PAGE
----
Block on Trump's Asylum Ban Upheld by Supreme Court
Police usually must try to obtain a search warrant before ordering blood tests for drunken-driving suspects, the Supreme Court ruled Wednesday.
The justices sided with a Missouri man who was subjected to a blood test without a warrant and found to have nearly twice the legal limit of alcohol in his blood.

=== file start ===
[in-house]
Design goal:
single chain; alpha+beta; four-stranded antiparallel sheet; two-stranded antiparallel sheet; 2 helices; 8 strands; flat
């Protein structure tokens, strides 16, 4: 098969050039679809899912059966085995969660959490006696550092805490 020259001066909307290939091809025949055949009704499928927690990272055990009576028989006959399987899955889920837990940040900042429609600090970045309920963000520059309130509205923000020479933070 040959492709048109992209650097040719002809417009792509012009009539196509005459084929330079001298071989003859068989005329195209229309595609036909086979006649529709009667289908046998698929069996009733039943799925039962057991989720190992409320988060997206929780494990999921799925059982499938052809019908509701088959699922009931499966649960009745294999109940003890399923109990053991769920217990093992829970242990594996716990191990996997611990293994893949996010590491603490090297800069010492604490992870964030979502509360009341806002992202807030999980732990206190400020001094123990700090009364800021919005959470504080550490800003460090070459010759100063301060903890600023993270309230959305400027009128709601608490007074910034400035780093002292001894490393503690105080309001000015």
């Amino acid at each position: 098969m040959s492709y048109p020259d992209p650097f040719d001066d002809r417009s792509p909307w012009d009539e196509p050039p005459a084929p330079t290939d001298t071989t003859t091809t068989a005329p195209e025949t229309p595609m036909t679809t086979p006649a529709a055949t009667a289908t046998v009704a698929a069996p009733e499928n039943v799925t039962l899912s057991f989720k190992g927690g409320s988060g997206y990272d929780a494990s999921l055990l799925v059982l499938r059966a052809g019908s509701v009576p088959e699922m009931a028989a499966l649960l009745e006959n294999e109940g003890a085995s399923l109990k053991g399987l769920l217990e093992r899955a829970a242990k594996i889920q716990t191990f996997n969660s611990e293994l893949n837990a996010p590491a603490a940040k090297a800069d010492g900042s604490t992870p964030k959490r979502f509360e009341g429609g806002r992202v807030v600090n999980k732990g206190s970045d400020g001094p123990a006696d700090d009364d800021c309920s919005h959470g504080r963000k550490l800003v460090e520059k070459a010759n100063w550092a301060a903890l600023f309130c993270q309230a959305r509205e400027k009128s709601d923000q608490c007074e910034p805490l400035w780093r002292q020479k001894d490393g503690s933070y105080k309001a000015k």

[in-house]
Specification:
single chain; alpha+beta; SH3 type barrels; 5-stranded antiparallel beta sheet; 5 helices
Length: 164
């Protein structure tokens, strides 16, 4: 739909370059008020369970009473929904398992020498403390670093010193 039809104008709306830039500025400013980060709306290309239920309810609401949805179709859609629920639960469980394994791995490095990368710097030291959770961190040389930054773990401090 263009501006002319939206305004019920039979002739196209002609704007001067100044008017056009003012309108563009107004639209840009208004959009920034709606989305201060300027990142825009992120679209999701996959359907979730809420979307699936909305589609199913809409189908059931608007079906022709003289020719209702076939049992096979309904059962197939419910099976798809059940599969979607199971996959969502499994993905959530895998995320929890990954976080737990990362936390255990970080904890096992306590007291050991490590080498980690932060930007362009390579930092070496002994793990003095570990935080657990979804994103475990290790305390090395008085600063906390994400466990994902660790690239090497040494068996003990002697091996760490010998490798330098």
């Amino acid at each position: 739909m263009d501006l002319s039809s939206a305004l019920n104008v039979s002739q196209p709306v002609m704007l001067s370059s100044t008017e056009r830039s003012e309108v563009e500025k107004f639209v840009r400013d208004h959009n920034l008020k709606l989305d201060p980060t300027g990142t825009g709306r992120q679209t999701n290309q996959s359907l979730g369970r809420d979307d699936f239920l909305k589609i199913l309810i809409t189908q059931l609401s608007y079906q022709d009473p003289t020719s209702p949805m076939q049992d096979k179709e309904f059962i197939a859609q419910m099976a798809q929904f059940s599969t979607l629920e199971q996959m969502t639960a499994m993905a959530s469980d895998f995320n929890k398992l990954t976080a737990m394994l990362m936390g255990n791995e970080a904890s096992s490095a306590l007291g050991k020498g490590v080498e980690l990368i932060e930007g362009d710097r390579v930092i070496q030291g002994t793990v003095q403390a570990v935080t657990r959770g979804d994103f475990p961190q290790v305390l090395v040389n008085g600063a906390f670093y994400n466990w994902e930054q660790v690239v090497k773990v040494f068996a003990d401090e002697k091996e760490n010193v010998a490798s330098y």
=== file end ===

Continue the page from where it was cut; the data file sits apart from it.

The high court struck down Missouri's guidelines giving police broad discretion to forego getting a judge's prior approval before executing a search.
"We hold that in drunk-driving investigations, the natural dissipation of alcohol in the bloodstream does not constitute an exigency in every case sufficient to justify conducting a blood test without a warrant," Justice Sonia Sotomayor wrote for the Court.